A large mass of hardened lava is headed toward Australia. Scientists think that the lava raft could help to save the declining Great Barrier Reef, according to recent news reports.
A couple of weeks ago, sailors first spotted a so-called pumice raft in the Pacific Ocean, and other sailors reported seeing clouds of smoke in the direction of the volcanic island Fonualei, in the Kingdom of Tonga. On Aug. 9, NASA's Terra satellite detected the raft and on Aug. 13, the Landsat 8's Operational Land Imager captured a photo of it.
Pumice rafts are formed when an underwater volcano erupts, releasing large chunks of lava that are full of holes and cavities, making it easy for the raft to float, according to the Earth Observatory. Related: Photos: Hawaii's New Underwater Volcano
The satellite image and reports by sailors led volcanologists from the Smithsonian Institution to tie the rock to an eruption of an unnamed underwater volcano somewhere near Tonga, according to the observatory. The tip of the unnamed volcano is thought to be 130 feet (40 meters) below the water's surface, and it's last documented eruption was in 2001.
Sailors who came across the rock described it as "dangerous to vessels" and said that it looked like a mass of "rocks from marble to basketball size," on a Facebook post. They also said there was a "faint but distinct smell of sulfur." The pumice covers about 58 square miles (150 square kilometers) according to the BBC.
The raft has since drifted southwest, and as of Aug. 22, had slightly dispersed and moved north, according to the observatory. But in general, the chunk of rock seems to be heading in the direction of Australia and its Great Barrier Reef.
In 2016 and 2017, a mass bleaching event killed around half the corals in the Great Barrier Reef. But scientists think that the structure has a chance of bouncing back, potentially with gifts brought in by its rocky visitor.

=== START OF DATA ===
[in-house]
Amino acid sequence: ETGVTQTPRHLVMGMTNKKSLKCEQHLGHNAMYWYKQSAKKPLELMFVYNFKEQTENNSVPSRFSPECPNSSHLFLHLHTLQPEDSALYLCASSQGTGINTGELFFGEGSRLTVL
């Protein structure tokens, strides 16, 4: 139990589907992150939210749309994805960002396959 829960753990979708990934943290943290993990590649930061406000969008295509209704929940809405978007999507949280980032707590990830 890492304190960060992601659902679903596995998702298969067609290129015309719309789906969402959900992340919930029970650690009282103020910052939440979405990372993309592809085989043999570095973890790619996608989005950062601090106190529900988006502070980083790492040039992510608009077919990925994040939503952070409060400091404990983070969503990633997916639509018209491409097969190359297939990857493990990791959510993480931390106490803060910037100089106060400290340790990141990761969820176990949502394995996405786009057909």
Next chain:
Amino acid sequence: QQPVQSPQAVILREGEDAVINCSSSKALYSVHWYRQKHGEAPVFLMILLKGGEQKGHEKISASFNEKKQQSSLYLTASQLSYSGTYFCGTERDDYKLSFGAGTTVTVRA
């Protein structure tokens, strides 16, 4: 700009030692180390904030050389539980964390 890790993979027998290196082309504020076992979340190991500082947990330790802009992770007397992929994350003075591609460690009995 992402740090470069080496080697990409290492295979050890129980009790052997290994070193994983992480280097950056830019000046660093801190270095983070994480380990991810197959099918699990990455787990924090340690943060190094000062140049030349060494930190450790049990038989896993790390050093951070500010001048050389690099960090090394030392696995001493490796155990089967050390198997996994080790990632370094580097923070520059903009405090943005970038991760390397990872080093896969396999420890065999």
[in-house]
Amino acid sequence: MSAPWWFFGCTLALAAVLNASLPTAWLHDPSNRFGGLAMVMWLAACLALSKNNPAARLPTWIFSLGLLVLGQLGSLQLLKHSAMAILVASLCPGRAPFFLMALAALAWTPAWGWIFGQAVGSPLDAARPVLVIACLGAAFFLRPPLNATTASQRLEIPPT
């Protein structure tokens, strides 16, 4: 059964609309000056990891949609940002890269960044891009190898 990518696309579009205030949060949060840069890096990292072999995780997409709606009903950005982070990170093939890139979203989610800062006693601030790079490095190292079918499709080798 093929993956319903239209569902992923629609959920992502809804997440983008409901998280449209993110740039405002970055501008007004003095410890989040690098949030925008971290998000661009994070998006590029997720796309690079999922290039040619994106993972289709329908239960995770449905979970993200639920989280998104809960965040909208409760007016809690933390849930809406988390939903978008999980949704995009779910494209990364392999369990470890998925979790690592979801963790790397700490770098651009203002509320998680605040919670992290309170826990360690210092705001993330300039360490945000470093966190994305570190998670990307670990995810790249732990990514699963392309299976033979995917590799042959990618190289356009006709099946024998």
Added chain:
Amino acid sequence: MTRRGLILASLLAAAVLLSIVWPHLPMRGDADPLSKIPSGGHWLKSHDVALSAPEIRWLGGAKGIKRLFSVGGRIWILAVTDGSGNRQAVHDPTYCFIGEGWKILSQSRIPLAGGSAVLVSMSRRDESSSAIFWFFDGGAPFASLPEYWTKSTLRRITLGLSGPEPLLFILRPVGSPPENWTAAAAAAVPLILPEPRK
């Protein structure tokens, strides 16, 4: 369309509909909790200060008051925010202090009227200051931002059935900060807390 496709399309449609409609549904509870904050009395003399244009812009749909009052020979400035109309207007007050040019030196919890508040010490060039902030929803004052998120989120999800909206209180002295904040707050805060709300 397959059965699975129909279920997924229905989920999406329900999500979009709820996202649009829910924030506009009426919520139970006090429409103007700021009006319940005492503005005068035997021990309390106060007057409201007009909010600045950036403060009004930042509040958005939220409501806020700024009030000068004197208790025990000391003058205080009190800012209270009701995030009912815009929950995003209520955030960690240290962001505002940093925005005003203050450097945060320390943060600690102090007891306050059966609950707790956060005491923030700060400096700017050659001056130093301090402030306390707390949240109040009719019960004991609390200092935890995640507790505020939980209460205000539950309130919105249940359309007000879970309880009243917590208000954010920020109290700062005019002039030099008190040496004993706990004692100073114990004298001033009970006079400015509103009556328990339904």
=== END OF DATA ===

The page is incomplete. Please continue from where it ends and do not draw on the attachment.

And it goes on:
Pumice rafts are often teeming with sea life, such as new barnacles and corals, Scott Bryan, a professor of geology and geochemistry at Queensland University of Technology, told CNN. Bryan reported in a 2012 study that these rocky rafts can be a way to redistribute life across the ocean.But the pumice raft is no guaranteed life raft for the reef; there's also the possibility that it could introduce invasive species to the area that could be harmful, he said.
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Originally published on Live Science.
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Yasemin is a staff writer at Live Science, covering health, neuroscience and biology. Her work has appeared in Scientific American, Science and the San Jose Mercury News. She has a bachelor's degree in biomedical engineering from the University of Connecticut and a graduate certificate in science communication from the University of California, Santa Cruz.